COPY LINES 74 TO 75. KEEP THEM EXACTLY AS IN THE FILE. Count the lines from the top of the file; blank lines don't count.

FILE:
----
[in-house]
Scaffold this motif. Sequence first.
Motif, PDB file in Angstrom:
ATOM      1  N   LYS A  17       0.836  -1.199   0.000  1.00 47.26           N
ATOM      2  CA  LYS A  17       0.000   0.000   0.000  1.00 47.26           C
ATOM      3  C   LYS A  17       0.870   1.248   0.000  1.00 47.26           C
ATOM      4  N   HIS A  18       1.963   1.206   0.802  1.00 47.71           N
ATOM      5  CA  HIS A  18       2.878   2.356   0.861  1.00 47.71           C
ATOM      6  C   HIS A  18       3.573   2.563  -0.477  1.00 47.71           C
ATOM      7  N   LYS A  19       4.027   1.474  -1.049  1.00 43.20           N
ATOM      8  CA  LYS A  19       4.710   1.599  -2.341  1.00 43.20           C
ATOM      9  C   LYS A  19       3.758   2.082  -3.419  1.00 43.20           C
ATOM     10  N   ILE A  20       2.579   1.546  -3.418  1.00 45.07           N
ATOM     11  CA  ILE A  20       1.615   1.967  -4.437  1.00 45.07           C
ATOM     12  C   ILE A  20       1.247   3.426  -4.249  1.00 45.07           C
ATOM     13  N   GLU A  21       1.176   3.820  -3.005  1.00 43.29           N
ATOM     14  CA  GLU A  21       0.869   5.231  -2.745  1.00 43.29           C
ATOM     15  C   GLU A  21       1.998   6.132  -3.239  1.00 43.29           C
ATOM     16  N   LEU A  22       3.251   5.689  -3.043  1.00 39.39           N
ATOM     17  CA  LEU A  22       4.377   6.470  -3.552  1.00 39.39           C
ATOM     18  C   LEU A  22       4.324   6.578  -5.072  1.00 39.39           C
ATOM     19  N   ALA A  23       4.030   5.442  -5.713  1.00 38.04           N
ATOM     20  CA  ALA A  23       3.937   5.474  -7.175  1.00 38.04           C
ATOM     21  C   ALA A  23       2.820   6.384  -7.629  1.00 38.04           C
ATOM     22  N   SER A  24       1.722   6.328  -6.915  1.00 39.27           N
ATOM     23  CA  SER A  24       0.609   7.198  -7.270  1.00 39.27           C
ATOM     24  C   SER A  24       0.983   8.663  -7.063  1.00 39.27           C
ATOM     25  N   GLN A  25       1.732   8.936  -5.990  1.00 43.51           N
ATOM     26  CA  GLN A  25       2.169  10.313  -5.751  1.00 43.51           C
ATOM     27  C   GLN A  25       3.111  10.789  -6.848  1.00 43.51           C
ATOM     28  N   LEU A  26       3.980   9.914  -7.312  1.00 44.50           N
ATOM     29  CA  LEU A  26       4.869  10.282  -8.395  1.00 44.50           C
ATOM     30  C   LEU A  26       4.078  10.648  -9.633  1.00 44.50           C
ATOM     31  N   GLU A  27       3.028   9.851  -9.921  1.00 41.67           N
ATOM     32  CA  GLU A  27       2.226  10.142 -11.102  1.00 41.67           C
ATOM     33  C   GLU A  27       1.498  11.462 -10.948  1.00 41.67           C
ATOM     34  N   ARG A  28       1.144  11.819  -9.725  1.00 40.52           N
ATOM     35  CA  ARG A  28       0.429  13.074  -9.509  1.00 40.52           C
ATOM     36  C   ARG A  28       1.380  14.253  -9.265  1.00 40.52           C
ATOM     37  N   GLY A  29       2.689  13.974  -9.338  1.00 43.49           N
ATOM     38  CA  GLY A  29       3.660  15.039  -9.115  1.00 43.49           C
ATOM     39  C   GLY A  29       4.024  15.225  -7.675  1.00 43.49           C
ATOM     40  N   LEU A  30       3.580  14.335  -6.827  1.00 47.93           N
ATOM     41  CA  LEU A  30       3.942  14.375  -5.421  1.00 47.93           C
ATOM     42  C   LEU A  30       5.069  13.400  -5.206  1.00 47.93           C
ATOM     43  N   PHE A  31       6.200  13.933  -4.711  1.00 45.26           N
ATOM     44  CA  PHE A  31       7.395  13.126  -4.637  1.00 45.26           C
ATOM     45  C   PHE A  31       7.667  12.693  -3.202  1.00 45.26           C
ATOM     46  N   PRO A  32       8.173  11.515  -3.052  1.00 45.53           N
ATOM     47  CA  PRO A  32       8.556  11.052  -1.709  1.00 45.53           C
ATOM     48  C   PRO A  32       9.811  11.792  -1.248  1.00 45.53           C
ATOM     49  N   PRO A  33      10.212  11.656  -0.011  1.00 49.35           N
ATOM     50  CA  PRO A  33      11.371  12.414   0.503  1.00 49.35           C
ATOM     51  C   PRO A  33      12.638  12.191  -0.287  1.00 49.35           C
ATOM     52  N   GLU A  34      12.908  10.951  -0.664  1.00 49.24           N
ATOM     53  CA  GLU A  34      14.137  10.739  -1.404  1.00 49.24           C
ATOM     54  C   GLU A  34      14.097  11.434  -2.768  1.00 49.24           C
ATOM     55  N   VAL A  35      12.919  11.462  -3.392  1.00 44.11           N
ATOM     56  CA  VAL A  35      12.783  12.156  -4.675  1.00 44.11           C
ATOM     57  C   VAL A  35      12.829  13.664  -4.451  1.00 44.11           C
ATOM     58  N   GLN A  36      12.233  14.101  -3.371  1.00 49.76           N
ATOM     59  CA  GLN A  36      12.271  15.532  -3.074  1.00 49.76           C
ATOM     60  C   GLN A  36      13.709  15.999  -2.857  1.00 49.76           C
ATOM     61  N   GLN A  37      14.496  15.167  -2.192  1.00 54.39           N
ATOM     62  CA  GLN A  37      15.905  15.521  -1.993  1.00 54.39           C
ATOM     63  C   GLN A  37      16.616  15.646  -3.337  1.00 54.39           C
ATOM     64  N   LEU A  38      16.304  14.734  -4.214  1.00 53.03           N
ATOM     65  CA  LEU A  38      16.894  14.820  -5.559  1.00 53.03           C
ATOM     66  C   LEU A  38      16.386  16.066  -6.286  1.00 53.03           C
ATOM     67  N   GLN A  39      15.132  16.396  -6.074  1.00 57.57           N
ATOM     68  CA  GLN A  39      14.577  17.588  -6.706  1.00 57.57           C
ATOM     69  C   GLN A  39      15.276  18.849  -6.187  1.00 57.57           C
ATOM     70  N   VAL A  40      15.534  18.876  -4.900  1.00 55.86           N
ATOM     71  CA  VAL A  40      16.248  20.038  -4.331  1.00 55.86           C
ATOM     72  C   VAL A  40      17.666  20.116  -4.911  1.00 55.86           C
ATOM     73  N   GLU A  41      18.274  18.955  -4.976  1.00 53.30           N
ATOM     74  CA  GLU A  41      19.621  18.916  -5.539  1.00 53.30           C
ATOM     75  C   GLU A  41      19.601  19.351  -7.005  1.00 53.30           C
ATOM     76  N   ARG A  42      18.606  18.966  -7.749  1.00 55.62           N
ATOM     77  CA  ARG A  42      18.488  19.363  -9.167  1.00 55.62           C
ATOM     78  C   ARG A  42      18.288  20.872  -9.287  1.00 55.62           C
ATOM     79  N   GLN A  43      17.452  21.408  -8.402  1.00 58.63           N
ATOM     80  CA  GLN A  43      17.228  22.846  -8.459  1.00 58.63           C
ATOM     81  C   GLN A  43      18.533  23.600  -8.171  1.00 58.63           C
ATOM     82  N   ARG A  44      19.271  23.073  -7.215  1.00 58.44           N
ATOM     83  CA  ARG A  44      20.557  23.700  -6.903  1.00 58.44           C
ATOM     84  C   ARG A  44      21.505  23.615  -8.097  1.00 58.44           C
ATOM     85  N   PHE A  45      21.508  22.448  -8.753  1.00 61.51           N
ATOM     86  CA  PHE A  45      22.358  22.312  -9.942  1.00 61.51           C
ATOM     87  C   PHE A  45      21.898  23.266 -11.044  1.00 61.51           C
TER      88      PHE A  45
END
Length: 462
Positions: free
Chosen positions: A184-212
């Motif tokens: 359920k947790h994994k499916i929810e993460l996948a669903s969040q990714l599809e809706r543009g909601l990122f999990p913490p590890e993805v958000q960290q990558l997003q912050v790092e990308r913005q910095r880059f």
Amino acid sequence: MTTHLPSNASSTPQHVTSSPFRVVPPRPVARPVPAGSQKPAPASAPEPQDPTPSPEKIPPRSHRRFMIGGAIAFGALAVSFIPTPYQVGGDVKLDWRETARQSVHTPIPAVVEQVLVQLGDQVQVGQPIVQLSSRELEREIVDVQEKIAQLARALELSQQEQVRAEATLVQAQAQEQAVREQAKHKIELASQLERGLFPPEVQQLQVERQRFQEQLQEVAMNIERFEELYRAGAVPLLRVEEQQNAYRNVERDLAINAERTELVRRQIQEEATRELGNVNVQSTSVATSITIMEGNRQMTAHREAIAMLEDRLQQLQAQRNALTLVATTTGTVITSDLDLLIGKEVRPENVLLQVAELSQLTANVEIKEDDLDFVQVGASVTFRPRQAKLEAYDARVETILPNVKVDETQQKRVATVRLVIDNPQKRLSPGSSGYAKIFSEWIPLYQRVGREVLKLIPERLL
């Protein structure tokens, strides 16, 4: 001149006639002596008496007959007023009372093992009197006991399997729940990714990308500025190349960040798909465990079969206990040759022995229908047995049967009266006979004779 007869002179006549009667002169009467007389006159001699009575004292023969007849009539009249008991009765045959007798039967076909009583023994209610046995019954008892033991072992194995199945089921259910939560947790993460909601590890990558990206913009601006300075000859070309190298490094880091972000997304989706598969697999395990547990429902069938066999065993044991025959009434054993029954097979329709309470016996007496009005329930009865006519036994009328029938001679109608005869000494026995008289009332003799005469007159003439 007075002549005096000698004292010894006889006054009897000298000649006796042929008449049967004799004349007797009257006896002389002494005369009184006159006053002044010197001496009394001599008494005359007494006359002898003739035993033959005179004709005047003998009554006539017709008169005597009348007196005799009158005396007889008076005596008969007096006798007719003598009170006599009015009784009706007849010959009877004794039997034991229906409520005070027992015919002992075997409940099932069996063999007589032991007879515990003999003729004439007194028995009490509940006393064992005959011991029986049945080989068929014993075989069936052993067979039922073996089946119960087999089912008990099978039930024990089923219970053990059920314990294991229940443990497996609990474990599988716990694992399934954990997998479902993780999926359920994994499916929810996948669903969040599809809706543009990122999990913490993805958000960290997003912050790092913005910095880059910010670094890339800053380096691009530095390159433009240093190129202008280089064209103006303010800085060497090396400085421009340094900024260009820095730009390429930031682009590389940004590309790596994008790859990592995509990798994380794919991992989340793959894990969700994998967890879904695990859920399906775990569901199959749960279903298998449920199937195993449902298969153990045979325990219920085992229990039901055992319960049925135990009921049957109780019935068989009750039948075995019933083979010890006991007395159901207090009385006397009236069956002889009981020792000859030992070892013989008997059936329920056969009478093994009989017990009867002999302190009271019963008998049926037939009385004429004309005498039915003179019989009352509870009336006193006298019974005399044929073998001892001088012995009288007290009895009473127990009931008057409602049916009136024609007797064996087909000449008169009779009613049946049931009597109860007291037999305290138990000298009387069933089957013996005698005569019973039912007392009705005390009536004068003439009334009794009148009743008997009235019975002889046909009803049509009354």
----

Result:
ATOM     71  CA  VAL A  40      16.248  20.038  -4.331  1.00 55.86           C
ATOM     72  C   VAL A  40      17.666  20.116  -4.911  1.00 55.86           C